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  • Differentiated Differentiation Templates

    Posted by Daniel Yablonsky on 11/1/2017
    Looking for a convenient way to differentiate based on product, interest, or need? Then you've come to the right place. To help expedite the process, I've prepared a handful of editable templates for Google Drive based on tried and true differentiation protocols. Feel free to modify as needed--these are intended merely as a solid starting point. If you have any feedback, please don't hesitate to share! 

    Learning Menu

    This Learning Menu Template can be used to provide students with a combination of required, optional, and extension activities for a given week or unit. Appetizers can include introductory and/or pre-teaching resources; entrees are the most substantive assessments; sides can support and reinforce the standards being addressed; and desserts are optional extension activities for students who have satisfied the main requirements.
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    This RAFT Template helps construct products according to role, audience, format, and topic. Lists of sample items are included in the table below the empty template, but there's no need to restrict yourself to those options if there are other possibilities that suit your needs. For a further exploration of how RAFTs can be used to differentiate according to interest, readiness, or learning profile, see here. Credit goes to Saskatoon Public Schools for the lists of sample items.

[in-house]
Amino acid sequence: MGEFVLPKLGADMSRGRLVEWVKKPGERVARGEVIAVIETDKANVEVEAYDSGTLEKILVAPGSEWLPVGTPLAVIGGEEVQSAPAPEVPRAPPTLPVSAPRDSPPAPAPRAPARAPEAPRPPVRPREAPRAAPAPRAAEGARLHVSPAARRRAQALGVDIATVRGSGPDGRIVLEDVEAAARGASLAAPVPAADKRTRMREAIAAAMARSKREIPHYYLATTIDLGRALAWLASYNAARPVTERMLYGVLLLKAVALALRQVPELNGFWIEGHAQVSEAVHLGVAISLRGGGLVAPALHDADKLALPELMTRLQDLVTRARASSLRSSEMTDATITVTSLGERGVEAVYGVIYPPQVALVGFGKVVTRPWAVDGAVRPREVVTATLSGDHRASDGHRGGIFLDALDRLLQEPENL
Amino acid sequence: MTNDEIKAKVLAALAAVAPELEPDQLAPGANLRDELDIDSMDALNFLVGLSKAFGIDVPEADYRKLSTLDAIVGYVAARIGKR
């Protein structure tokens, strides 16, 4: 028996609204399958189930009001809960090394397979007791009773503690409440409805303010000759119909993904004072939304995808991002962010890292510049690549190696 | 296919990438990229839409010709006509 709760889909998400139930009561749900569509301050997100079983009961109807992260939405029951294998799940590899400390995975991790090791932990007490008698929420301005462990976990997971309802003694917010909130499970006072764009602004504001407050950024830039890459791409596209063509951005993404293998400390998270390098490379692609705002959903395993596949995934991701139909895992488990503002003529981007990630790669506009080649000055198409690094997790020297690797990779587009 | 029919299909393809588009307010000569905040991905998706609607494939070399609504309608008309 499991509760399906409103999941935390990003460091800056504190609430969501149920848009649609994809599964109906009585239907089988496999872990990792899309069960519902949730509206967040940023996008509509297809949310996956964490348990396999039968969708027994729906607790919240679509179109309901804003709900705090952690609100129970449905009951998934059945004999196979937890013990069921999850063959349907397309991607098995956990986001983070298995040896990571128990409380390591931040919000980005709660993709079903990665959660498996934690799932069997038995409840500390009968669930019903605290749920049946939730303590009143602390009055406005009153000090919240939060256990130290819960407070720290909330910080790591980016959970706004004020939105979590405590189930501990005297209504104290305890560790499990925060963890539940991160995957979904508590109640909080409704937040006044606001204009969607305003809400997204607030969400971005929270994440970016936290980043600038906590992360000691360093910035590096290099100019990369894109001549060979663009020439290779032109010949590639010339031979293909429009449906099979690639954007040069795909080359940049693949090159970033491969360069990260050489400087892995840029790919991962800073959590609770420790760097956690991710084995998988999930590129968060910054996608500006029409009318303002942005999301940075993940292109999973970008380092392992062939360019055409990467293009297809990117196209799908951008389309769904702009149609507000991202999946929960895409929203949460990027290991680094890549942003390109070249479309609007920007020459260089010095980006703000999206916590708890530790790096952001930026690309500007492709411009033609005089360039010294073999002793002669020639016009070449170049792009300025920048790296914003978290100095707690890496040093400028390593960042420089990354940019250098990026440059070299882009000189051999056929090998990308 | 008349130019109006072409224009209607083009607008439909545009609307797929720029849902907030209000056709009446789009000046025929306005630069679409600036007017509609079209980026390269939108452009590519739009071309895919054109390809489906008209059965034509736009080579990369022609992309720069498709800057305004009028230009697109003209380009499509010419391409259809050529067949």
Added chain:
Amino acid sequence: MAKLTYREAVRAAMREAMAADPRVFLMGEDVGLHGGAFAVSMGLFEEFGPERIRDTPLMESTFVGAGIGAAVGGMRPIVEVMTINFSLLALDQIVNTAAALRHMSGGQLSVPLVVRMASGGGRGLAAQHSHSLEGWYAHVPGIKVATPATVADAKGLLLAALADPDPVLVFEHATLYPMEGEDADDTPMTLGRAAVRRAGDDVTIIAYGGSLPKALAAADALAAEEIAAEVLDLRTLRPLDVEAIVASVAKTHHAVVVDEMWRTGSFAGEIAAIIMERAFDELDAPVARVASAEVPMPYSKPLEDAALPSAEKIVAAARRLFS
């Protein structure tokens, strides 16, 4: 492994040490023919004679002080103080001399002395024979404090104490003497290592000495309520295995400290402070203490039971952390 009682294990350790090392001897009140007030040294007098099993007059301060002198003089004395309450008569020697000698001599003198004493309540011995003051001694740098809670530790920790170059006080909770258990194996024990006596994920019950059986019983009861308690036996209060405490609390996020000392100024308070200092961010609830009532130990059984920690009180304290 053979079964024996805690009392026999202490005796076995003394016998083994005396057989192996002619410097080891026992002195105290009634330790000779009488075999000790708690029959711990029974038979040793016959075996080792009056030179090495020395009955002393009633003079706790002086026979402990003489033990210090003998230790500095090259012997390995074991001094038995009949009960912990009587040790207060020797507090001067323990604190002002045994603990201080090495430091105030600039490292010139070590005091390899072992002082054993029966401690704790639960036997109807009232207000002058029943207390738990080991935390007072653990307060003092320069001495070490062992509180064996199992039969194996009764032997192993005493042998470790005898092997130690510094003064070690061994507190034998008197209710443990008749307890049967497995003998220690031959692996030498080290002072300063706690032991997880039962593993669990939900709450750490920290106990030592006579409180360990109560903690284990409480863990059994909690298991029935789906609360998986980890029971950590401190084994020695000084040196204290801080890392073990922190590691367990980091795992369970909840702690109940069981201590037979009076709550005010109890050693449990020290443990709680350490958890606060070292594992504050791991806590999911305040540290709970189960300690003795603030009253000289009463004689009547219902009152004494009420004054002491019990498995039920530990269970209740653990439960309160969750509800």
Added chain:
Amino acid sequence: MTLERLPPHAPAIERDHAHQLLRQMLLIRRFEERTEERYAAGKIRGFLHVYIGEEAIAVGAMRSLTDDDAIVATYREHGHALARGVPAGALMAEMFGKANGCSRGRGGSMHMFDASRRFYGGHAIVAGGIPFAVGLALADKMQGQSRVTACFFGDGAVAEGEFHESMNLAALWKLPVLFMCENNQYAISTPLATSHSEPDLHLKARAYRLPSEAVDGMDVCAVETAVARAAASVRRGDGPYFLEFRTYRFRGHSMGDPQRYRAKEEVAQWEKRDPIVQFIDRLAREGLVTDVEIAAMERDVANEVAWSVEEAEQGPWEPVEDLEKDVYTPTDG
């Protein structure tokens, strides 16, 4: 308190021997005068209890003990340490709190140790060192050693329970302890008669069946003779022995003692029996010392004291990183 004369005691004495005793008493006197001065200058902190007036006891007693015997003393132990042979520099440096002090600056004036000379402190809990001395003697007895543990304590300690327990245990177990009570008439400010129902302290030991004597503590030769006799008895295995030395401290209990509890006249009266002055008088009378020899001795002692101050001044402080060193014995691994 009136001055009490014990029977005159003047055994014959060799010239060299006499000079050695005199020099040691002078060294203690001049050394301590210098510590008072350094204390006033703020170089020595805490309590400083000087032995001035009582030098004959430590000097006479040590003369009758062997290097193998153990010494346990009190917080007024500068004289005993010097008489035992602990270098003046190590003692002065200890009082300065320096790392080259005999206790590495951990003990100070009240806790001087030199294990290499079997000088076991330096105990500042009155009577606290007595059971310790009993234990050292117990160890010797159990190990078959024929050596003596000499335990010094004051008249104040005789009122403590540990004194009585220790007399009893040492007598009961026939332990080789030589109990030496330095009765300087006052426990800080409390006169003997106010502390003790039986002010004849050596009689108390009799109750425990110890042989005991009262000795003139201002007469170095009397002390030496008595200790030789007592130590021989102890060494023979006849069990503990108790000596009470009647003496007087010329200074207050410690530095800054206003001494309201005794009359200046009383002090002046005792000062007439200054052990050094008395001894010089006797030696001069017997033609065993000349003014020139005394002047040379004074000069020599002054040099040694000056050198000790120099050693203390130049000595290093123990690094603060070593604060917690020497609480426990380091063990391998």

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    Must Do, May Do

    The Must Do, May Do Template can be used to organize assignments by what's mandatory and what's optional. Students who finish their learning obligations ahead of schedule can use the additional time to pursue some of the optional extension choices. See here for more information on implementing the "Must Do, May Do" format in your classroom.
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    Tic-Tac-Toe Board

    This Tic-Tac-Toe Board Template can be used to present students with a variety of product choices, optionally organized according to skill, standard, etc. The template is adapted from Caitlin Tucker's template. Check out her web page for tips on using Tic-Tac-Toe Boards in your classroom.